EU biodiversity law will be the area of focus for the project. EU biodiversity law is concerned with the conservation of nature – flora and fauna – and the natural habitats these species occupy. Two Directives make up the substantive part of EU biodiversity law – the Birds Directive 1979 (Council Directive 79/409/EEC; codified in 2009 in Directive 2009/147/EC and the Habitats Directive 1992 (Council Directive 92/43/EEC).

In both Directives there are obligations on Member States to select and designate sites as Special Protection Areas (SPAs) and Special Areas of Conservation (SAC). Together, these make up an EU-wide ecological network of protected sites named Natura 2000. The Directives also impose reporting obligations on the Member States.

EU biodiversity law has caused controversy due to what is perceived by some Member States as an imposition of onerous and costly obligations, and a limitation on the Member States’ own planning laws. Historically, there has been a large disparity between Member States’ attitudes and levels of compliance in the area of biodiversity law.

An interdisciplinary empirical study of the influence that legal governance architectures have on environmental compliance.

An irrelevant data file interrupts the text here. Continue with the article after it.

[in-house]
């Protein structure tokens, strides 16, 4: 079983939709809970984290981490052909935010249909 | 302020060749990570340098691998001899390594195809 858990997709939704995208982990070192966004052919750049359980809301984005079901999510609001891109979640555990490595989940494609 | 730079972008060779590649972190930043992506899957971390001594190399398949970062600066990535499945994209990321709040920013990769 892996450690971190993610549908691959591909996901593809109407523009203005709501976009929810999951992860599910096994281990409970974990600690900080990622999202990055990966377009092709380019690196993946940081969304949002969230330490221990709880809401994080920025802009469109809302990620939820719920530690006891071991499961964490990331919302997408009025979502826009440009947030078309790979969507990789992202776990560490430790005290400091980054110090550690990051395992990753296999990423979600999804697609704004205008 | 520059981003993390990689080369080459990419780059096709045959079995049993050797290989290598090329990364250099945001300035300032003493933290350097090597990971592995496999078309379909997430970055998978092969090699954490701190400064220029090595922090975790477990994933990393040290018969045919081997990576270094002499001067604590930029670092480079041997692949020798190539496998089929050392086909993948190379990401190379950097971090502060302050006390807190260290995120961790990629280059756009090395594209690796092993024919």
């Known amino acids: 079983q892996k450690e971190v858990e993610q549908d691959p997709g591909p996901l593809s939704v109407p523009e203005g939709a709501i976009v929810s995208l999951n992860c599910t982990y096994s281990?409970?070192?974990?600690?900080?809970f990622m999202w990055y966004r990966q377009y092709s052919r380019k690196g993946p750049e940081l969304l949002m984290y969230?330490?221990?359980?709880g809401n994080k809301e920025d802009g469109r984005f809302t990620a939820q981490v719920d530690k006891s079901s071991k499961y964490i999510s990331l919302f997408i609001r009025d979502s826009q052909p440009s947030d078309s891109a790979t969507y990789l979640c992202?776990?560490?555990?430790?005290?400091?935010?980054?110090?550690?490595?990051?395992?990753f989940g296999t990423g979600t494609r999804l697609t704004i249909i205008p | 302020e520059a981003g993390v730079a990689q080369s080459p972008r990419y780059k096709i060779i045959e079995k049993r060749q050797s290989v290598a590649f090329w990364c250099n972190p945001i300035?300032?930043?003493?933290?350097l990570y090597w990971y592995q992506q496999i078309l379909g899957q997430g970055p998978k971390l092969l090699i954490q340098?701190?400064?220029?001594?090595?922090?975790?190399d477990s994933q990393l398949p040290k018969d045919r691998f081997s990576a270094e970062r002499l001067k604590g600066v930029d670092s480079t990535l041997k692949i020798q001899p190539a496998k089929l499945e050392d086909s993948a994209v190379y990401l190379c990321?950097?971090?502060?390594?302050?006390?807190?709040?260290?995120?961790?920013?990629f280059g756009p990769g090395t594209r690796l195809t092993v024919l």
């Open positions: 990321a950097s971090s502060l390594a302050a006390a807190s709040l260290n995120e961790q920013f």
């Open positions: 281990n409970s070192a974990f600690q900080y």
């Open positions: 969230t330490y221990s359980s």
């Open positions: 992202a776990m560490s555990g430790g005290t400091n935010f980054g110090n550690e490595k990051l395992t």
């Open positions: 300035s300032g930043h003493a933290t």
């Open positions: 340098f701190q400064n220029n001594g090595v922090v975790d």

Does the design of national environmental governance laws make a difference to biodiversity compliance levels?

The aim of this five year project is to discover how environmental governance rules affect stakeholder compliance decisions in the field of EU environmental policy in relation to biodiversity. It will also investigate the voluntary decisions of stakeholders to go further than the minimum compliance levels as set down in law. Ultimately we seek to identify ways in which we can design our environmental governance laws to maximise environmental compliance, including compliance that results from third party enforcement of EU environmental law.


The project’s second aim is to push forward scholarship by applying empirical methods to law in a way that has not been done before. The project will use comparative empirical analysis in order to investigate relationships between the type of environmental governance rules used, on the one hand, and the levels of environmental compliance, on the other in EU biodiversity law.  A multiple methods approach will be adopted, combining quantitative and qualitative methods, to provide a richer, more subtle analysis of these relationships and, ultimately, better to capture the detail of how differences in environmental governance laws may influence environmental compliance decisions.